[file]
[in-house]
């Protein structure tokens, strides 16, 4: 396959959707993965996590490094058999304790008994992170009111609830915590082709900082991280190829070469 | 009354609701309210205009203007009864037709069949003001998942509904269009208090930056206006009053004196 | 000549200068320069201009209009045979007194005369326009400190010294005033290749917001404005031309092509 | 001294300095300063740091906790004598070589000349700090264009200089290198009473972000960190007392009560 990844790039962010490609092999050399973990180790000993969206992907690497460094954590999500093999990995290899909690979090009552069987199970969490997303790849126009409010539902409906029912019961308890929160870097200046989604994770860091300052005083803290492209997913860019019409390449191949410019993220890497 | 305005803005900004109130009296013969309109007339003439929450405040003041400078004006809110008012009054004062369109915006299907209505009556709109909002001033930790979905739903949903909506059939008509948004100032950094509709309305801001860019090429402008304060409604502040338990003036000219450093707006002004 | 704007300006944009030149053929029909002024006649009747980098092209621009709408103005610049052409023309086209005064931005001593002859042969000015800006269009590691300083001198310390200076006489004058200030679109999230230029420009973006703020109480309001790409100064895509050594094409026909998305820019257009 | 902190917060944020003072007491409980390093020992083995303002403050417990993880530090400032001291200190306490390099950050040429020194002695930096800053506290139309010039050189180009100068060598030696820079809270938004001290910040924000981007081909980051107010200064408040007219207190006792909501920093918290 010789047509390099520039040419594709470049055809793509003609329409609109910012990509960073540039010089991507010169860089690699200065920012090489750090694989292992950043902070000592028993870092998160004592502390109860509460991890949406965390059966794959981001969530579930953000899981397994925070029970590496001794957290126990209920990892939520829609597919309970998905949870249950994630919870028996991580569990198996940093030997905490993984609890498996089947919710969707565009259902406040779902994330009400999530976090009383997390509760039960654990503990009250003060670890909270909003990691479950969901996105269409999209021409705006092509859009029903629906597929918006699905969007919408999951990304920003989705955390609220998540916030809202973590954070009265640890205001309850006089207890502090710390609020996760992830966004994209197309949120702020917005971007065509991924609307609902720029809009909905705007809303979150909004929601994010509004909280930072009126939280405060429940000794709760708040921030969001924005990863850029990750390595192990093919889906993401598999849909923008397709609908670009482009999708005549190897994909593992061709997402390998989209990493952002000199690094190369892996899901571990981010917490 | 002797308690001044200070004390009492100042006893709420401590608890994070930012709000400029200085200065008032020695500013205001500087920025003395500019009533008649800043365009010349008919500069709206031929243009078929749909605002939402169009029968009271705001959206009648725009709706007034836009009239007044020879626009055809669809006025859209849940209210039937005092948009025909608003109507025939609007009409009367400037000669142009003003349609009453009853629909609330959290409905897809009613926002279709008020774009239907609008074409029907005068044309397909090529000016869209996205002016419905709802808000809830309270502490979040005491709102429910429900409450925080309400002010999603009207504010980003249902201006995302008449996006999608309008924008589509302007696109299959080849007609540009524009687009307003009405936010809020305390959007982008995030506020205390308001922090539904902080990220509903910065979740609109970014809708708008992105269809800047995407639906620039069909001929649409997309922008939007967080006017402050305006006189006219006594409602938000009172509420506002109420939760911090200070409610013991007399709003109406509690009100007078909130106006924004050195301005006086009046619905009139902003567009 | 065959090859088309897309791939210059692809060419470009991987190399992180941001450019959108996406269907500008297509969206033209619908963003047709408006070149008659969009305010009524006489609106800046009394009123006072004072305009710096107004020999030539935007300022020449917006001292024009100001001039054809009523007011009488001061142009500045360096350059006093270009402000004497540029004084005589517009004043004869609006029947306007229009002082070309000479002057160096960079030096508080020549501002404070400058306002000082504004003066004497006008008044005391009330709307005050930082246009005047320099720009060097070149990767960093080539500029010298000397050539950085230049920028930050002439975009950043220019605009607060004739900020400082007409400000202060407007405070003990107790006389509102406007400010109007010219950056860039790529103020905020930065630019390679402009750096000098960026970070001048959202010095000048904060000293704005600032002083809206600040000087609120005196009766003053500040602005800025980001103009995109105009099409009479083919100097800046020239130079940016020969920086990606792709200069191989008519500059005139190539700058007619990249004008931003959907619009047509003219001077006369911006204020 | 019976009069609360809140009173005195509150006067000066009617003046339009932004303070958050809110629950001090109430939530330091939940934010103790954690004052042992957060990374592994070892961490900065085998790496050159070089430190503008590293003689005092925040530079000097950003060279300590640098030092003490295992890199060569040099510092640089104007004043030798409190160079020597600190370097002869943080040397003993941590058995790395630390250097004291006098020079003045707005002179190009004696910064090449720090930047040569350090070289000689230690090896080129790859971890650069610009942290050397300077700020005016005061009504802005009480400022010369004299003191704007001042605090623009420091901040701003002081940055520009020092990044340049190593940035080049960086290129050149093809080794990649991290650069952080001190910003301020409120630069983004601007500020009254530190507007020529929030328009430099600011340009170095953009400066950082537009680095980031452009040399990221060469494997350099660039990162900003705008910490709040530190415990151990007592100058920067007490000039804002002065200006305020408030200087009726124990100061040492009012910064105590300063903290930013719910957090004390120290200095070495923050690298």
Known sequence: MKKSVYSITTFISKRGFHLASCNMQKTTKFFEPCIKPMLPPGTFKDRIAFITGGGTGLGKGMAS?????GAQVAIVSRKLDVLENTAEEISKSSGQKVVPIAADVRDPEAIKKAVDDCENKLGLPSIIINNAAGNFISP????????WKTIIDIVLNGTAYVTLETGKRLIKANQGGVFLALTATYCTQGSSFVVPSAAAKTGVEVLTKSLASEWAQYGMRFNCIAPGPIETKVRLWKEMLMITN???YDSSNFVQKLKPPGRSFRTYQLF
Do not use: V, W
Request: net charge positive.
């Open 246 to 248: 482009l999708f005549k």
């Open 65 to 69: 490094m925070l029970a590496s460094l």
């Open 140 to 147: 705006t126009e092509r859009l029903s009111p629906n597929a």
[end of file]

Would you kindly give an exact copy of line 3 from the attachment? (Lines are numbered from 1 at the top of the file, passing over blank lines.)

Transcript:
Known sequence: MKKSVYSITTFISKRGFHLASCNMQKTTKFFEPCIKPMLPPGTFKDRIAFITGGGTGLGKGMAS?????GAQVAIVSRKLDVLENTAEEISKSSGQKVVPIAADVRDPEAIKKAVDDCENKLGLPSIIINNAAGNFISP????????WKTIIDIVLNGTAYVTLETGKRLIKANQGGVFLALTATYCTQGSSFVVPSAAAKTGVEVLTKSLASEWAQYGMRFNCIAPGPIETKVRLWKEMLMITN???YDSSNFVQKLKPPGRSFRTYQLF